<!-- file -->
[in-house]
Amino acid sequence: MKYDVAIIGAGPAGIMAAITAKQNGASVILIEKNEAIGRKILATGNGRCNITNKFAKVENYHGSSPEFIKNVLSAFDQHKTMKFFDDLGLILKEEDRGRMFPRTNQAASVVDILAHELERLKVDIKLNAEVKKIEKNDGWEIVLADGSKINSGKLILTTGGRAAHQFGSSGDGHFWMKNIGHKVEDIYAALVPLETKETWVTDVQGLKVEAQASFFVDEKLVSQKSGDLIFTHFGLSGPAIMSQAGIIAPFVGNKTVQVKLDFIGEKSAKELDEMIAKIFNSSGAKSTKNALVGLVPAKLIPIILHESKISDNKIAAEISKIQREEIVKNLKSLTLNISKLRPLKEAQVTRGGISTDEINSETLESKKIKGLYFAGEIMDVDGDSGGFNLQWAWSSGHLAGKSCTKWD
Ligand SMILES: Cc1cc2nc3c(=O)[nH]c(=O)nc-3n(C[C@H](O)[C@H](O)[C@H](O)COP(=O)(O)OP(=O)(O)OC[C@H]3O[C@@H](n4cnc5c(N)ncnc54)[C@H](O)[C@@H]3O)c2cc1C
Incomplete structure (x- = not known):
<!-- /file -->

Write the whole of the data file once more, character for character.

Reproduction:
[in-house]
Amino acid sequence: MKYDVAIIGAGPAGIMAAITAKQNGASVILIEKNEAIGRKILATGNGRCNITNKFAKVENYHGSSPEFIKNVLSAFDQHKTMKFFDDLGLILKEEDRGRMFPRTNQAASVVDILAHELERLKVDIKLNAEVKKIEKNDGWEIVLADGSKINSGKLILTTGGRAAHQFGSSGDGHFWMKNIGHKVEDIYAALVPLETKETWVTDVQGLKVEAQASFFVDEKLVSQKSGDLIFTHFGLSGPAIMSQAGIIAPFVGNKTVQVKLDFIGEKSAKELDEMIAKIFNSSGAKSTKNALVGLVPAKLIPIILHESKISDNKIAAEISKIQREEIVKNLKSLTLNISKLRPLKEAQVTRGGISTDEINSETLESKKIKGLYFAGEIMDVDGDSGGFNLQWAWSSGHLAGKSCTKWD
Ligand SMILES: Cc1cc2nc3c(=O)[nH]c(=O)nc-3n(C[C@H](O)[C@H](O)[C@H](O)COP(=O)(O)OP(=O)(O)OC[C@H]3O[C@@H](n4cnc5c(N)ncnc54)[C@H](O)[C@@H]3O)c2cc1C
Incomplete structure (x- = not known):